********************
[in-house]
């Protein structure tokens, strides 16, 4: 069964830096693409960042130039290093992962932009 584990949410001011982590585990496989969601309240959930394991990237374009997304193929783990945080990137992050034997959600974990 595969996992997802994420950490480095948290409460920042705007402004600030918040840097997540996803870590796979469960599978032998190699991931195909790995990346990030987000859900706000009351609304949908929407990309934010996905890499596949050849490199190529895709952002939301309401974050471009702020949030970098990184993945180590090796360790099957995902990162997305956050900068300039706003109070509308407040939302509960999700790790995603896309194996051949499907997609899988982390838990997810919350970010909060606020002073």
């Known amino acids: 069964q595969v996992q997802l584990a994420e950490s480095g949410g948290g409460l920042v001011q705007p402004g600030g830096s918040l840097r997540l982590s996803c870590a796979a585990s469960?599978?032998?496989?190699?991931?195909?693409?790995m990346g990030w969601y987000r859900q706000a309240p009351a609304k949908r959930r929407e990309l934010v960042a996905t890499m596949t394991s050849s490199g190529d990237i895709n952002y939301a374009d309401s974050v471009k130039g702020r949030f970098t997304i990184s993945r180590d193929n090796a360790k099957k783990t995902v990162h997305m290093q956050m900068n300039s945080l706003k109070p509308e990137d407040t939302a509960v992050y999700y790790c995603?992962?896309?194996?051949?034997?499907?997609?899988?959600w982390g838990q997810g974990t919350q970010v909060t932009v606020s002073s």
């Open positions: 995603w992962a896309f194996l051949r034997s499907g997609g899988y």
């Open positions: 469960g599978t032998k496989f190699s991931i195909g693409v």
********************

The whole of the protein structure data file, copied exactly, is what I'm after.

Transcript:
[in-house]
């Protein structure tokens, strides 16, 4: 069964830096693409960042130039290093992962932009 584990949410001011982590585990496989969601309240959930394991990237374009997304193929783990945080990137992050034997959600974990 595969996992997802994420950490480095948290409460920042705007402004600030918040840097997540996803870590796979469960599978032998190699991931195909790995990346990030987000859900706000009351609304949908929407990309934010996905890499596949050849490199190529895709952002939301309401974050471009702020949030970098990184993945180590090796360790099957995902990162997305956050900068300039706003109070509308407040939302509960999700790790995603896309194996051949499907997609899988982390838990997810919350970010909060606020002073």
């Known amino acids: 069964q595969v996992q997802l584990a994420e950490s480095g949410g948290g409460l920042v001011q705007p402004g600030g830096s918040l840097r997540l982590s996803c870590a796979a585990s469960?599978?032998?496989?190699?991931?195909?693409?790995m990346g990030w969601y987000r859900q706000a309240p009351a609304k949908r959930r929407e990309l934010v960042a996905t890499m596949t394991s050849s490199g190529d990237i895709n952002y939301a374009d309401s974050v471009k130039g702020r949030f970098t997304i990184s993945r180590d193929n090796a360790k099957k783990t995902v990162h997305m290093q956050m900068n300039s945080l706003k109070p509308e990137d407040t939302a509960v992050y999700y790790c995603?992962?896309?194996?051949?034997?499907?997609?899988?959600w982390g838990q997810g974990t919350q970010v909060t932009v606020s002073s």
């Open positions: 995603w992962a896309f194996l051949r034997s499907g997609g899988y």
């Open positions: 469960g599978t032998k496989f190699s991931i195909g693409v």